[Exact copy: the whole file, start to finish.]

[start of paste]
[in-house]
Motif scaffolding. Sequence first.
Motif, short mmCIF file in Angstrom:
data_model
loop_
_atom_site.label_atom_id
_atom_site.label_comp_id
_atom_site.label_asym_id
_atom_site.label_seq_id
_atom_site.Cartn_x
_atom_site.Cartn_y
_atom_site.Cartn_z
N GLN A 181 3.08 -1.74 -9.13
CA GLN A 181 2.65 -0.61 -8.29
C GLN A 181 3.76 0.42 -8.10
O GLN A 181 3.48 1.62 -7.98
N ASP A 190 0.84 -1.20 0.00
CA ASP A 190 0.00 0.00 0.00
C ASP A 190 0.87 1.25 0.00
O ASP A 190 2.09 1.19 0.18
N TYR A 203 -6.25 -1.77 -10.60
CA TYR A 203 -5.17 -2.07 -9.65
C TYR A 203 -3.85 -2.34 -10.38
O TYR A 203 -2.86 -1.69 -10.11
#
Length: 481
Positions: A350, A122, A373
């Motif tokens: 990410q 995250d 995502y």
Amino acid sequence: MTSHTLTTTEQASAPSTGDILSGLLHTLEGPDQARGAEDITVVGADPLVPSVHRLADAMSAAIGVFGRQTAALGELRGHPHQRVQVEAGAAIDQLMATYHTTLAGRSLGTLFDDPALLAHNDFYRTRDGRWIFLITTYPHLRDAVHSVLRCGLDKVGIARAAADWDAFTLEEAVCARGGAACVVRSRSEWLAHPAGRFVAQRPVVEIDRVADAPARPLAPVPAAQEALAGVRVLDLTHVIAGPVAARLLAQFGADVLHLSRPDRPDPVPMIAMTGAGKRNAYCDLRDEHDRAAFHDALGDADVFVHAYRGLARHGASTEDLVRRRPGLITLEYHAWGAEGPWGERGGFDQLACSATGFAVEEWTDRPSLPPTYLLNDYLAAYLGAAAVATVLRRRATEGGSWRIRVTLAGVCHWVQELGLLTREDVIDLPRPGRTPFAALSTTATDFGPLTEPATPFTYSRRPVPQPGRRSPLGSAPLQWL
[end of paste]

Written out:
[in-house]
Motif scaffolding. Sequence first.
Motif, short mmCIF file in Angstrom:
data_model
loop_
_atom_site.label_atom_id
_atom_site.label_comp_id
_atom_site.label_asym_id
_atom_site.label_seq_id
_atom_site.Cartn_x
_atom_site.Cartn_y
_atom_site.Cartn_z
N GLN A 181 3.08 -1.74 -9.13
CA GLN A 181 2.65 -0.61 -8.29
C GLN A 181 3.76 0.42 -8.10
O GLN A 181 3.48 1.62 -7.98
N ASP A 190 0.84 -1.20 0.00
CA ASP A 190 0.00 0.00 0.00
C ASP A 190 0.87 1.25 0.00
O ASP A 190 2.09 1.19 0.18
N TYR A 203 -6.25 -1.77 -10.60
CA TYR A 203 -5.17 -2.07 -9.65
C TYR A 203 -3.85 -2.34 -10.38
O TYR A 203 -2.86 -1.69 -10.11
#
Length: 481
Positions: A350, A122, A373
């Motif tokens: 990410q 995250d 995502y």
Amino acid sequence: MTSHTLTTTEQASAPSTGDILSGLLHTLEGPDQARGAEDITVVGADPLVPSVHRLADAMSAAIGVFGRQTAALGELRGHPHQRVQVEAGAAIDQLMATYHTTLAGRSLGTLFDDPALLAHNDFYRTRDGRWIFLITTYPHLRDAVHSVLRCGLDKVGIARAAADWDAFTLEEAVCARGGAACVVRSRSEWLAHPAGRFVAQRPVVEIDRVADAPARPLAPVPAAQEALAGVRVLDLTHVIAGPVAARLLAQFGADVLHLSRPDRPDPVPMIAMTGAGKRNAYCDLRDEHDRAAFHDALGDADVFVHAYRGLARHGASTEDLVRRRPGLITLEYHAWGAEGPWGERGGFDQLACSATGFAVEEWTDRPSLPPTYLLNDYLAAYLGAAAVATVLRRRATEGGSWRIRVTLAGVCHWVQELGLLTREDVIDLPRPGRTPFAALSTTATDFGPLTEPATPFTYSRRPVPQPGRRSPLGSAPLQWL